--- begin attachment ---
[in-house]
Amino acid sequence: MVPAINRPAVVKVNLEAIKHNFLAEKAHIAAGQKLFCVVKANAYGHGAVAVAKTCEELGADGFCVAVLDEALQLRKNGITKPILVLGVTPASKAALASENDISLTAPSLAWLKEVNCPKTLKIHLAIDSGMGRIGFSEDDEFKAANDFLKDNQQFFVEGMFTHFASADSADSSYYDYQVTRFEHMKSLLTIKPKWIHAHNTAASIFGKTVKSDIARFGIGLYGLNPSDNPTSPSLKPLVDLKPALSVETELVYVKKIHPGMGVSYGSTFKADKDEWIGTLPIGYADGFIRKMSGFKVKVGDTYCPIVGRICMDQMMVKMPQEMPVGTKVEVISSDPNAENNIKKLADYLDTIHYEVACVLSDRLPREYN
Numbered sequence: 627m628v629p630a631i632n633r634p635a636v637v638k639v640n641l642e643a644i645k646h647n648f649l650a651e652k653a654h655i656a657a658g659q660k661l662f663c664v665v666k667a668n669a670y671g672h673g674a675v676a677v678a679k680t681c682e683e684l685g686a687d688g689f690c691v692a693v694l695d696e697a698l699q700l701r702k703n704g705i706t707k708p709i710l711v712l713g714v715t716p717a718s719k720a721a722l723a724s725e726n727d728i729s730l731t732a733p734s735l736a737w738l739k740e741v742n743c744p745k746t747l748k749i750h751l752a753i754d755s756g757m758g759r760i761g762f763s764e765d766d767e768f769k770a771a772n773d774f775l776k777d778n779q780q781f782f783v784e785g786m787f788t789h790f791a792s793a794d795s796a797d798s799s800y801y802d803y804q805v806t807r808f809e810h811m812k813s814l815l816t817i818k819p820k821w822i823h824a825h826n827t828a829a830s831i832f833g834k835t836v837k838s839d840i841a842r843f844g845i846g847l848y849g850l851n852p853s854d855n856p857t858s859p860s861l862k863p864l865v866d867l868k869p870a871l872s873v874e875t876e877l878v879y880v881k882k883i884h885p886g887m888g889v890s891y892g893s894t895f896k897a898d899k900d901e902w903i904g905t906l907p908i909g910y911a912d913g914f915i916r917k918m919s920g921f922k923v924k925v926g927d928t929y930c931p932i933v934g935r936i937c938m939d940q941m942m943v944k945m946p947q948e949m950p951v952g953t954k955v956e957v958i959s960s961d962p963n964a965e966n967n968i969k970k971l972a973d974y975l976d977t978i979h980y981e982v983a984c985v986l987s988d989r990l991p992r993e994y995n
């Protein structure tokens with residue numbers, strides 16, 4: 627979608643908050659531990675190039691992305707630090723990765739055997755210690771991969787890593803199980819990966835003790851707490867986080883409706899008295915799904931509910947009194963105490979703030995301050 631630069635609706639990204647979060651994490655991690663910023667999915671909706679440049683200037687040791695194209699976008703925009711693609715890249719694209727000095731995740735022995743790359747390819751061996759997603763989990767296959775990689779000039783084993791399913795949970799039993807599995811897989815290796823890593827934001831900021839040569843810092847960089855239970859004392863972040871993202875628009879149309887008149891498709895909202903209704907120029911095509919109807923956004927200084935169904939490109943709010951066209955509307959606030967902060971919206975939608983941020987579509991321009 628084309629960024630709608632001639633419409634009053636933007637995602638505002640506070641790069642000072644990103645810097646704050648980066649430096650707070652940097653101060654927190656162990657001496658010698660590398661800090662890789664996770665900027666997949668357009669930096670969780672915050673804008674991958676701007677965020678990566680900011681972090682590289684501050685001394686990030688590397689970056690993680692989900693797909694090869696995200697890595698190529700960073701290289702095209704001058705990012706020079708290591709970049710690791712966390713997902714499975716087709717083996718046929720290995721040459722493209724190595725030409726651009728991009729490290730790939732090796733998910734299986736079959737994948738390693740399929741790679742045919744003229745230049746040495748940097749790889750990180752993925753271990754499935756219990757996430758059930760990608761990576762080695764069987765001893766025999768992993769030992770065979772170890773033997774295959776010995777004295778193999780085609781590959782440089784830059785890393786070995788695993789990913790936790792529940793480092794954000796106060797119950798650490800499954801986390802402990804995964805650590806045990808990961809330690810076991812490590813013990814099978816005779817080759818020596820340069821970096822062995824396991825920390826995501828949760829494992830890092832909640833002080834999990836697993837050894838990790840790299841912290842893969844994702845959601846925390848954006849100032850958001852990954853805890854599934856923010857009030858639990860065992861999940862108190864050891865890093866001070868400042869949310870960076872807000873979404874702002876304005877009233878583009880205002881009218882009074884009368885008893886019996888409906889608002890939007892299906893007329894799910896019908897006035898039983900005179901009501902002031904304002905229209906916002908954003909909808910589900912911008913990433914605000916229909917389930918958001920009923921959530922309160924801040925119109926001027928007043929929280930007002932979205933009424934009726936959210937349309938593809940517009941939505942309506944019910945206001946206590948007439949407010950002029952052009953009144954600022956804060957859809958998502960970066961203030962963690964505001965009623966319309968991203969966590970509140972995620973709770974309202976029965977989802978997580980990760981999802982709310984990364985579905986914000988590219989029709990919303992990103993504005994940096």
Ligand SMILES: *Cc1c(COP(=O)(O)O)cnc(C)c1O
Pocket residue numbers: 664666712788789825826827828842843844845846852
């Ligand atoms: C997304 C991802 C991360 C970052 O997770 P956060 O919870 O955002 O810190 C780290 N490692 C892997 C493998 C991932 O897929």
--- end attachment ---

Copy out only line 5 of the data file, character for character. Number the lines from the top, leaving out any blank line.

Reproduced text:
Ligand SMILES: *Cc1c(COP(=O)(O)O)cnc(C)c1O